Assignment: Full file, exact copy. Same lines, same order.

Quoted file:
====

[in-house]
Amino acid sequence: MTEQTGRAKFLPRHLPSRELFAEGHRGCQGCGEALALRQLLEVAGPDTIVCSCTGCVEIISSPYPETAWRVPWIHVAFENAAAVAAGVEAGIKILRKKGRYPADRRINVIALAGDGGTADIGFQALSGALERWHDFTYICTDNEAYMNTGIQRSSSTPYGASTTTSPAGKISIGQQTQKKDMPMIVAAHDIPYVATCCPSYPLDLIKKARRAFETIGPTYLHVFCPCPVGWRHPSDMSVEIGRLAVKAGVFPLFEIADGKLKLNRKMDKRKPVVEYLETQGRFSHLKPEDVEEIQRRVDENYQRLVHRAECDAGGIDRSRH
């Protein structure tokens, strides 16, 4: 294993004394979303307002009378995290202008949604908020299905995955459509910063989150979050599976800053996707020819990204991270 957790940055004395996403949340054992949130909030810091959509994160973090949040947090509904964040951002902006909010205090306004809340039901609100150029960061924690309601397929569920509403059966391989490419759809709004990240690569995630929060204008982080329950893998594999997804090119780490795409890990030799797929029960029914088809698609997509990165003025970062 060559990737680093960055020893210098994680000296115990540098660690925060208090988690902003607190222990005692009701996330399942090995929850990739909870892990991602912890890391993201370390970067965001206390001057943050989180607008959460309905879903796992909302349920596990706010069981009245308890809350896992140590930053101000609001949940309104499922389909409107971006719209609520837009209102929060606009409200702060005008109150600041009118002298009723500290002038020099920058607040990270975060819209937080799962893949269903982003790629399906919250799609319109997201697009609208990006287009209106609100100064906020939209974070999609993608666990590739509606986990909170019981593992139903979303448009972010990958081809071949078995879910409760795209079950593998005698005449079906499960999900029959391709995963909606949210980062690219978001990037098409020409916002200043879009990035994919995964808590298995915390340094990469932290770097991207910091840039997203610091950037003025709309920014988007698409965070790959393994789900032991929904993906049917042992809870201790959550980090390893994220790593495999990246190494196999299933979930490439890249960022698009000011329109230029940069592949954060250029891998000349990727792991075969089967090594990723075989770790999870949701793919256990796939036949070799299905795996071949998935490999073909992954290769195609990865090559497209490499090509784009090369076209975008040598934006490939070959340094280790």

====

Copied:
[in-house]
Amino acid sequence: MTEQTGRAKFLPRHLPSRELFAEGHRGCQGCGEALALRQLLEVAGPDTIVCSCTGCVEIISSPYPETAWRVPWIHVAFENAAAVAAGVEAGIKILRKKGRYPADRRINVIALAGDGGTADIGFQALSGALERWHDFTYICTDNEAYMNTGIQRSSSTPYGASTTTSPAGKISIGQQTQKKDMPMIVAAHDIPYVATCCPSYPLDLIKKARRAFETIGPTYLHVFCPCPVGWRHPSDMSVEIGRLAVKAGVFPLFEIADGKLKLNRKMDKRKPVVEYLETQGRFSHLKPEDVEEIQRRVDENYQRLVHRAECDAGGIDRSRH
């Protein structure tokens, strides 16, 4: 294993004394979303307002009378995290202008949604908020299905995955459509910063989150979050599976800053996707020819990204991270 957790940055004395996403949340054992949130909030810091959509994160973090949040947090509904964040951002902006909010205090306004809340039901609100150029960061924690309601397929569920509403059966391989490419759809709004990240690569995630929060204008982080329950893998594999997804090119780490795409890990030799797929029960029914088809698609997509990165003025970062 060559990737680093960055020893210098994680000296115990540098660690925060208090988690902003607190222990005692009701996330399942090995929850990739909870892990991602912890890391993201370390970067965001206390001057943050989180607008959460309905879903796992909302349920596990706010069981009245308890809350896992140590930053101000609001949940309104499922389909409107971006719209609520837009209102929060606009409200702060005008109150600041009118002298009723500290002038020099920058607040990270975060819209937080799962893949269903982003790629399906919250799609319109997201697009609208990006287009209106609100100064906020939209974070999609993608666990590739509606986990909170019981593992139903979303448009972010990958081809071949078995879910409760795209079950593998005698005449079906499960999900029959391709995963909606949210980062690219978001990037098409020409916002200043879009990035994919995964808590298995915390340094990469932290770097991207910091840039997203610091950037003025709309920014988007698409965070790959393994789900032991929904993906049917042992809870201790959550980090390893994220790593495999990246190494196999299933979930490439890249960022698009000011329109230029940069592949954060250029891998000349990727792991075969089967090594990723075989770790999870949701793919256990796939036949070799299905795996071949998935490999073909992954290769195609990865090559497209490499090509784009090369076209975008040598934006490939070959340094280790």